“It’s in God’s hands now,” Alexandra realized while struggling to remain conscious.

At least they were well hidden, out of his reach, but she must not think of that now.  He may hear.  So she cleared her mind of it.

Alexandra could feel the end was near and feared what he still had in store for her.  She had tried to get away from him once she recognized who he was, his dubious influence, his intoxicating ways, but too little, too late.

She didn’t know how, but he had found her again.  Alexandra hadn’t stayed in the same place, not even a day, for quite some time now.  Could he still feel her, despite all the other precautions she had taken?

Suddenly, Alexandra was startled by high-pitched scratching against metal.  The sound grew louder and louder as her pain grew stronger.  The scratching sound stopped without warning, only to be replaced with the sound of breaking glass a few moments later.

She moaned in pain as she attempted to unfasten her seatbelt.  She desperately wanted to fling open the door and run away to safety, but Alexandra was unable to move.  Her body was not responding, every inch of her ached.

Her heart beat faster when she felt his familiar lips, which used to thrill her but now caused panic, softly caress the right side of her neck.  His kiss deepening.  Her essence trembling with both pleasure and fear.

“Oh no . . . please don’t,” she begged, suspecting what would come next.  “You’ve won, now just leave me die in peace.”

There was silence for a moment, but then a voice whispered, his warm breath in her ear, “Now what kind of boyfriend would I be if I didn’t put you out of your misery?  I’ve missed you so.”

She couldn’t fathom how anyone could be so cruel.  Alexandra prayed it would be over quickly.

He sensed this of course, which is why he would prolong it for as long as nature would allow.

Terror gripped her when unexpectedly, and with great force, the driver’s seat was pulled backward onto the back seat of her vehicle.

—————————

Prologue

 

It felt like being buried alive.  The coolness of the earth above, below, and around him.  An increase in pressure .  The air, thinning (Is he having trouble breathing right here?  You might add that in).  The walls gradually closing in.  These sensations were only a manifestation of one of his many phobias, he realized, but in this case, an acute possibility. (Great opening and suspenseful way to draw readers in)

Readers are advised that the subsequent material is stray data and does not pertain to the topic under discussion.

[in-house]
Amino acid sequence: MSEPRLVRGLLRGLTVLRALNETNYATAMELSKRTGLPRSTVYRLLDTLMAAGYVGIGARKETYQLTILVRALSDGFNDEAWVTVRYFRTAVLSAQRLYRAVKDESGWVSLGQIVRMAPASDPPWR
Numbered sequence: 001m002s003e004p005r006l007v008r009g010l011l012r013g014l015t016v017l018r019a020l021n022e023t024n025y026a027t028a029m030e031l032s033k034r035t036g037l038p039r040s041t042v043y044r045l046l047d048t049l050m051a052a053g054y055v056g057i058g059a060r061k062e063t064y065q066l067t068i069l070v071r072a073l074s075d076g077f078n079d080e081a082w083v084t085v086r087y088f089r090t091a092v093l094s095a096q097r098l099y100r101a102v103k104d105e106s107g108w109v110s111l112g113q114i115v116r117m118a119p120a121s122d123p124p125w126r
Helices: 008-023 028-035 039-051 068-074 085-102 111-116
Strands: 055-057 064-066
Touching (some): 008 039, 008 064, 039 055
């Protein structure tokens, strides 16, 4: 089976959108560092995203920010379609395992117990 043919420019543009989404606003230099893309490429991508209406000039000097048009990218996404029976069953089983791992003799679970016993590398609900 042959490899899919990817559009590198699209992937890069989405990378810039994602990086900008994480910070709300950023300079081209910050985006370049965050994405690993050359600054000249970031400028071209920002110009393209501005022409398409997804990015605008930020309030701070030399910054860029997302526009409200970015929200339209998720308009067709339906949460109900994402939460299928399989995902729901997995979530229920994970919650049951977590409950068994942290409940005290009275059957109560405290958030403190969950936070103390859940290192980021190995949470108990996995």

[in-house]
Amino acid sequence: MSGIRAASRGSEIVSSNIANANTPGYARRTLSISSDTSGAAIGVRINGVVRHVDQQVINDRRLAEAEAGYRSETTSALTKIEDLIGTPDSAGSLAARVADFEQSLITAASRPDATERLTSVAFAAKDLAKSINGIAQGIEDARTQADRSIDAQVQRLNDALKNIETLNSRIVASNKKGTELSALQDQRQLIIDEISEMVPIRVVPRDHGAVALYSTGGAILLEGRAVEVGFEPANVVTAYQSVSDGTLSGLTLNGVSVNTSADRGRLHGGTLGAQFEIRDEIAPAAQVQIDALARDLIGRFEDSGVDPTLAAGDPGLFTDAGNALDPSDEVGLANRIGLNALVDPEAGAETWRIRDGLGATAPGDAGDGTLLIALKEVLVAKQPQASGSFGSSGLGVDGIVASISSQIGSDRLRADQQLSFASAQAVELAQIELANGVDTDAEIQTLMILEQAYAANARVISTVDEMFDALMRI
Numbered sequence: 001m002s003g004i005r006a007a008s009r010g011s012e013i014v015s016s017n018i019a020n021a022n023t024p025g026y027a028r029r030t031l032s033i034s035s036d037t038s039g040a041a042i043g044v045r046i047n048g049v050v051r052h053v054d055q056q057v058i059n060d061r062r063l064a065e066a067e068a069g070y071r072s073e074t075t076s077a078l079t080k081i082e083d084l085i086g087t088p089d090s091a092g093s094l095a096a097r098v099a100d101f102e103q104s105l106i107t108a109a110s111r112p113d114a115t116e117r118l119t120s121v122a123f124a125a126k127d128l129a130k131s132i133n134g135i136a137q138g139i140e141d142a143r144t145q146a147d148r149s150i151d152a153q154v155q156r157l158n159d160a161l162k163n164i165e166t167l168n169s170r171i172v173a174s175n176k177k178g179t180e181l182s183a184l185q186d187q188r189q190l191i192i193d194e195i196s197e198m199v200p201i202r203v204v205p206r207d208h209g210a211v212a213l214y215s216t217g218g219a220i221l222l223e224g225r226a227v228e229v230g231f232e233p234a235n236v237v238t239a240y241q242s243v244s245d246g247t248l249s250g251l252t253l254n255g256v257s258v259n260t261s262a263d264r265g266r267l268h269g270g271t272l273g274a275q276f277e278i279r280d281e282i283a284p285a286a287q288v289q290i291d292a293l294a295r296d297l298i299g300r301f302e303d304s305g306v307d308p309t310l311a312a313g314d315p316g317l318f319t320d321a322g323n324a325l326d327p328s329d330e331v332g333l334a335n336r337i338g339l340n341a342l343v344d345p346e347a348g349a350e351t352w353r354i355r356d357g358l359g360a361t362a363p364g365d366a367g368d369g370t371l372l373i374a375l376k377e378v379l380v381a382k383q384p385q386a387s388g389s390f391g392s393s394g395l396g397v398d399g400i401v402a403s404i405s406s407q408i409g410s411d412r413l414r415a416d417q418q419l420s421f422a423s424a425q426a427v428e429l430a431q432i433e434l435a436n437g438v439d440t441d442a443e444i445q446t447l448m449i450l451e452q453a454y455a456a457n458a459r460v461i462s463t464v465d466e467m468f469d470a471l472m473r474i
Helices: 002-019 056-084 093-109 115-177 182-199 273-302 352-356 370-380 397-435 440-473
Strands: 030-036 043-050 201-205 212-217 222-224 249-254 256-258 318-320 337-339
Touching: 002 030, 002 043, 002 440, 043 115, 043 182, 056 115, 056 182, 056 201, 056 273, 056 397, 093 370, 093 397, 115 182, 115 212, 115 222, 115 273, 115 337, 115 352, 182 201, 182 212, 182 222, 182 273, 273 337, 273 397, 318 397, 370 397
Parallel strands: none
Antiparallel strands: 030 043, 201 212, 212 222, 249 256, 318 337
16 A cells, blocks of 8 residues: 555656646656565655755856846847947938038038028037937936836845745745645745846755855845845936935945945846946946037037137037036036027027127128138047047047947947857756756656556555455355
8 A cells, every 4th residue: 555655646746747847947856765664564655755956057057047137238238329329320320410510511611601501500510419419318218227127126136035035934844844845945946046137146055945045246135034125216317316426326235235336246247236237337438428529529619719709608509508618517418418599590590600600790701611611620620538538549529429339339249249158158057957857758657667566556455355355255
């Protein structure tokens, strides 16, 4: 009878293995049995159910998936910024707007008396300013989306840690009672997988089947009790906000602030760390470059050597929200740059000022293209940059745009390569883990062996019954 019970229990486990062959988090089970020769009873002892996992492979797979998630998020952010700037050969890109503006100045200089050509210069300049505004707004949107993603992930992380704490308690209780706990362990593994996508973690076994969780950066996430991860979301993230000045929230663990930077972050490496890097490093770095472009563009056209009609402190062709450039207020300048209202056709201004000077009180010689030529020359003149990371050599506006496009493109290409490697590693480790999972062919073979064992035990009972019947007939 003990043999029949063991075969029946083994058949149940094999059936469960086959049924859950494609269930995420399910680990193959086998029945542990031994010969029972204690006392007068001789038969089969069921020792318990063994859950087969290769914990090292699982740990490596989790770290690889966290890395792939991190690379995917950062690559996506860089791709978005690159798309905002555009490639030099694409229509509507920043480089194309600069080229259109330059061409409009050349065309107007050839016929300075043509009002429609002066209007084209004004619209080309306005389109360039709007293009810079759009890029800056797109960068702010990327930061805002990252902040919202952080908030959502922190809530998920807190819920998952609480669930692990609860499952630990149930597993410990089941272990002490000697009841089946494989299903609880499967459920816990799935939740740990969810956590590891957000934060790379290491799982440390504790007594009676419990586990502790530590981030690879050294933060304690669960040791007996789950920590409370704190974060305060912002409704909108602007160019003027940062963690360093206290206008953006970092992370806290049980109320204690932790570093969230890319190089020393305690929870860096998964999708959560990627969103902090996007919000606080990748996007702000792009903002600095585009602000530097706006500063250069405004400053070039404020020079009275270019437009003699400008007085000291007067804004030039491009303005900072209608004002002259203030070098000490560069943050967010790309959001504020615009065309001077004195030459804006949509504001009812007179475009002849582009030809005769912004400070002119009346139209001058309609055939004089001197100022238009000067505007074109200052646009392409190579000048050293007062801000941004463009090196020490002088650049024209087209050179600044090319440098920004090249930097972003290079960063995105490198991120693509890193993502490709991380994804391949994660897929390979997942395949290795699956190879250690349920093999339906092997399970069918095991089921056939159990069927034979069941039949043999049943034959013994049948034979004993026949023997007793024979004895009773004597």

Bernard of Clairvaux was coming at the request of his brethren.  He crawled through the dark, steep tunnel that had been unearthed only three days prior, located in the far reaches under the Al Aqsa Mosque where they had been headquartered since King Baldwin II of Jerusalem graciously granted it to them in 1119.  And they’d been silently digging ever since.

More loose dirt trickled down around him as he continued forward, infiltrating the last white thread of his garment.  Finally, after nineteen long, grueling years of searching, after all their sacrifices, Bernard was notified they had been found.

The most elite of The Poor Knights of the Temple of King Solomon were crouched in the small tomb, anxiously awaiting his arrival.

“It’s here, Bernard!  This time I am certain.  Come see!” exclaimed (maybe say “cried out” instead) his old friend, Godfrey de Saint-Omer, as Bernard entered the small space on his hands and knees.

“Let us pray, Godfrey.  Are you confident this is not just another dead-end?”

Godfrey handed Bernard the large, thick book made of parchment, well-preserved, and bound in human skin.  Bernard opened it slowly.  If it was the book they sought, it contained knowledge more forbidden than anything here on earth.  The book and ring were all that was left in need of protection.  And the Knights Templar would protect them with their very lives, each having sworn a secret oath to do so.

Bernard’s face lit up upon the recognition that it was indeed the original Key of Solomon, not just another imitation like the several others they had found over the years.  This one contained the final prophesy, unlike the others.

“What of the ring?” Bernard asked eagerly.

“Oh yes, it is here as well!” Godfrey unable to contain his excitement, gingerly handing the band to his trusted ally.